Work closely with your health care team to determine the best treatment plan for you.
Be sure to tell your doctor if things are not working for you so he can help make any dosage adjustments.
Just because it is hot outside doesn’t mean you need to be confined indoors. With a few precautions, you enjoy the great outdoors all summer long.
These tips will help ensure an enjoyable summer outdoors:
- Drink plenty of water. Carry waters with you to make it easier to stay hydrated. If you will be engaging in a heavy activity it would be a good idea to also have a sports drink to replace electrolytes as well.
- Adjust insulin as necessary. Your doctor will advise you on how you should adjust your insulin before exercising. Be sure to tell your doctor what type of exercise you will be engaging in and for how long of a period.
- Test your blood sugars frequently. Hot weather can make your levels fluctuate more than usual so testing more frequently is advised. Test often for several hours after physical activities as these can affect you for a longer period.
- Have treatments for Lows with you. This could be glucose tabs or gel. It is also a good idea to have a glucagon kit with you just in case of a severe low.
- Take a snack. Some snacks may serve as a meal replacement while other snacks may be used to treat mild lows. Your nutritionist can help you come up with great options.
- Protect medications and supplies. Take medications, supplies, snacks, and water in an insulated cooler. Ensure the medications and test kits are not directly on the ice or cold pack. Insulin pumps and continuous glucose monitors should be OK in the heat just don’t expose them to direct sun for very long.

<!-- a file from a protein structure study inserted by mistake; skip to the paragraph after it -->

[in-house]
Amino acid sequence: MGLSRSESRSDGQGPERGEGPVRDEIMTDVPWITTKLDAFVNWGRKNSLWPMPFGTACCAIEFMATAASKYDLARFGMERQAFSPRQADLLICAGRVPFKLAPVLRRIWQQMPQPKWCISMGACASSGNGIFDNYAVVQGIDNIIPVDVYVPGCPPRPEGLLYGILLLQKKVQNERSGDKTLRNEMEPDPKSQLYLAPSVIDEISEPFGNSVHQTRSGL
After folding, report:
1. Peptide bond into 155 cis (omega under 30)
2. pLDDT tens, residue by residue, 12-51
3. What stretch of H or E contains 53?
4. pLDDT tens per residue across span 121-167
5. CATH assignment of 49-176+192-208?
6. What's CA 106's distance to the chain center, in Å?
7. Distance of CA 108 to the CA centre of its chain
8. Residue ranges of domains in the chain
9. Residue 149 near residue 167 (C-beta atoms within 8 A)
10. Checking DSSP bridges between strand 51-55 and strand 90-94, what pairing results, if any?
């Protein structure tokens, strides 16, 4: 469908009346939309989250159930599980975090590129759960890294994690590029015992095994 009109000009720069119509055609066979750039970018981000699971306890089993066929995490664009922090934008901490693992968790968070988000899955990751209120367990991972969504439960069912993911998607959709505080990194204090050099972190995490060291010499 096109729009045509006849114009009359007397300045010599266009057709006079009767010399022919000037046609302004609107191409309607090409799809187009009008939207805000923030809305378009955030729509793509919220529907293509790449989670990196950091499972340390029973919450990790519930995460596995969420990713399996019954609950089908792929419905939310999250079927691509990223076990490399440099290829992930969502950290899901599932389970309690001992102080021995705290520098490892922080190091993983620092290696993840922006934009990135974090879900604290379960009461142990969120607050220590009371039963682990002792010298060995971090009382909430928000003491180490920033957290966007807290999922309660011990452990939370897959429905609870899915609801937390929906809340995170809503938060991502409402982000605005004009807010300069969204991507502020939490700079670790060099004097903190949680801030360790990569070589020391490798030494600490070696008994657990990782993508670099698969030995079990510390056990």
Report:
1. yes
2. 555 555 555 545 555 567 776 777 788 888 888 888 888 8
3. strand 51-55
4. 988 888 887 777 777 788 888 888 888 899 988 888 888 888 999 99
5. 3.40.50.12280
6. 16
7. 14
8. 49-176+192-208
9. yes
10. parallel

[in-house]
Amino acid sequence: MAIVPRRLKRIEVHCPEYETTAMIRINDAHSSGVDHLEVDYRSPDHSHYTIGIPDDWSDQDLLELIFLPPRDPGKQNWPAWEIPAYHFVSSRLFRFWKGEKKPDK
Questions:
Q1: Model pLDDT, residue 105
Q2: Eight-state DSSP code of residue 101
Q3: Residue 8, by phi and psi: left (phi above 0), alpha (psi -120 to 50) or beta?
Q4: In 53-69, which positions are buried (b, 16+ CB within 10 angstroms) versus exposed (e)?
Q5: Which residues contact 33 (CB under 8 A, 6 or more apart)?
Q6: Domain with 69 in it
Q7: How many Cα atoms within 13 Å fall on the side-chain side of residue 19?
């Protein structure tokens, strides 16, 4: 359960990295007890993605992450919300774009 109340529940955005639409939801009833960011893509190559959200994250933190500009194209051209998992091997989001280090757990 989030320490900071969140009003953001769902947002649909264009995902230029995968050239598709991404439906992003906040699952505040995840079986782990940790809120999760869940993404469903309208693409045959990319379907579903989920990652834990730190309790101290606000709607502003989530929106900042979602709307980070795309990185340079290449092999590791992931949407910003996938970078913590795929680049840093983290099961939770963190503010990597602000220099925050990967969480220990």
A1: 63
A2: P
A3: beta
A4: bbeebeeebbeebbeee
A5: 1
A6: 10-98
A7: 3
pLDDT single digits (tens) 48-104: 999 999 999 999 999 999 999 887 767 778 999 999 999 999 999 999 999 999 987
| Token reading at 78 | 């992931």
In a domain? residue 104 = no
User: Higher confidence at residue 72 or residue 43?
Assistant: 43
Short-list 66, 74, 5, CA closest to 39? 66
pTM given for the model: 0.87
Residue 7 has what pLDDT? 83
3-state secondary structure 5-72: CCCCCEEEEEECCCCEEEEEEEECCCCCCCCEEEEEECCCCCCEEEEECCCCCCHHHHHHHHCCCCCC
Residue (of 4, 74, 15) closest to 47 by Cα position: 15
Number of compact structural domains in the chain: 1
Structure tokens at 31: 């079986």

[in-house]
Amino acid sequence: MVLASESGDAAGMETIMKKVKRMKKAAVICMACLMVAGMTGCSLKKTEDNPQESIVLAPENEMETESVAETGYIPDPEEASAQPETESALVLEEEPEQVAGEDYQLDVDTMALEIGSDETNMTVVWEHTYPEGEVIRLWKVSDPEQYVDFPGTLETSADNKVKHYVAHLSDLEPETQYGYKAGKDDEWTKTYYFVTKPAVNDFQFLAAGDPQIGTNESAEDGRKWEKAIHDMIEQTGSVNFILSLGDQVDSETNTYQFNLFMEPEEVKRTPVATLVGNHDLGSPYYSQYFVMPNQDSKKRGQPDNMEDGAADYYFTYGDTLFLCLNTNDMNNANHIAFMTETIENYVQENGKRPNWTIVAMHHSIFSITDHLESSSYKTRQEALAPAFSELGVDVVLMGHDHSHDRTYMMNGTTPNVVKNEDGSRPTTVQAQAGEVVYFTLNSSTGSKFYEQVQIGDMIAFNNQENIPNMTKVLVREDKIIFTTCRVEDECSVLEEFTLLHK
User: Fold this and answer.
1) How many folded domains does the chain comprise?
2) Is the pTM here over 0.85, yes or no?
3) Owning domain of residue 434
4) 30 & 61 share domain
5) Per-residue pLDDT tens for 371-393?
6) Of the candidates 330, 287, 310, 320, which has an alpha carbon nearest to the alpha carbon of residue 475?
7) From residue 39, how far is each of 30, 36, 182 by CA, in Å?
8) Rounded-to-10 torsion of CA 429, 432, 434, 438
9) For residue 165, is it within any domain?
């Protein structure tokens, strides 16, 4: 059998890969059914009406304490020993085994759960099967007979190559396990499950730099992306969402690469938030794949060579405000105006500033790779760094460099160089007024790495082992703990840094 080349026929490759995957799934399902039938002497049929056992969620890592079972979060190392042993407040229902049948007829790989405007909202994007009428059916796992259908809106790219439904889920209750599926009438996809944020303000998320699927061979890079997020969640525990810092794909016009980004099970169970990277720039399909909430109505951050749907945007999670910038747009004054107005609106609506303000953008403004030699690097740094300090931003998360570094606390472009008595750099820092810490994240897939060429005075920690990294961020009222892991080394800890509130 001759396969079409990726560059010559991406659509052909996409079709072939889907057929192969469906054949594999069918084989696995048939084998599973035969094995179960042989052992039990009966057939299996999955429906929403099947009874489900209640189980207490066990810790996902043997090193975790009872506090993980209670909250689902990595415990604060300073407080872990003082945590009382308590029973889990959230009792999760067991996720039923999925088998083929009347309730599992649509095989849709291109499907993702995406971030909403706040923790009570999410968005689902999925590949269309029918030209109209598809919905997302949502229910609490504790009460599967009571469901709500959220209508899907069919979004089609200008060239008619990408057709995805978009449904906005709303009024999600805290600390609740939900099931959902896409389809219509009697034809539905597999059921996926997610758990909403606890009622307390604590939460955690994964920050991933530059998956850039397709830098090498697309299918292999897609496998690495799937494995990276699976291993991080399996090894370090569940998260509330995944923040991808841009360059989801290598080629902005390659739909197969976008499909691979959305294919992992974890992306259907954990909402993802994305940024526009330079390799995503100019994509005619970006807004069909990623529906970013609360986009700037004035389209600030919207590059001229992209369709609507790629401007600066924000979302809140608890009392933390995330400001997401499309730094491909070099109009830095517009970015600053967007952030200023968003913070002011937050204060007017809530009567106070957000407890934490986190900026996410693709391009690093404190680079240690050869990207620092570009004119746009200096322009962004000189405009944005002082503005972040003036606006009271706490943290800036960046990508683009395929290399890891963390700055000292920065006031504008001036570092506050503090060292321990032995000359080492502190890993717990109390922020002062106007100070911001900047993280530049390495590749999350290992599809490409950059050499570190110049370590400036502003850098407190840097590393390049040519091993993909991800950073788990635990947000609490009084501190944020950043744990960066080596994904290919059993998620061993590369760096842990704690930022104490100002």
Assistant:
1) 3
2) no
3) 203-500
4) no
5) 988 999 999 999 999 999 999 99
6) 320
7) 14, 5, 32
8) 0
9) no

- Avoid sunburn. Regardless of the activity, it is always possible to get sunburn so be sure to wear a broad-spectrum sunscreen and wear protective eyewear and a hat. Sunburn can stress the body which can raise blood sugar levels.
Summer will soon be upon us and understanding just how does heat affect diabetes is important to fully enjoy this wonderful season.
A few simple precautions can help you have a safe, fun, and active summer despite the extreme heat.
Exercise is an important part of diabetes management but try not to be outside at the hottest time of the day. Try to be active in the cooler times, early morning, or evening.
Always wear shoes and be diligent about checking your feet each day.
Test your glucose levels more often and know the signs of low blood sugar, They can be easily confused with heat exhaustion so be sure to test your blood sugars.
Store your medications and your supplies away from extreme heat.
Keep in mind that perspiration can loosen the adhesives on continuous glucose monitors (CGM’s) and insulin pumps. Your sensor or infusion set may loosen. Check them often and talk with your diabetes care team if this is a problem. They may have suggestions to help.
Try to keep as cool as possible while enjoying the great outdoors as much as possible.
Thanks for dropping by. Feel free to share your summer tips in the comment section below. I look forward to learning your tips for summer.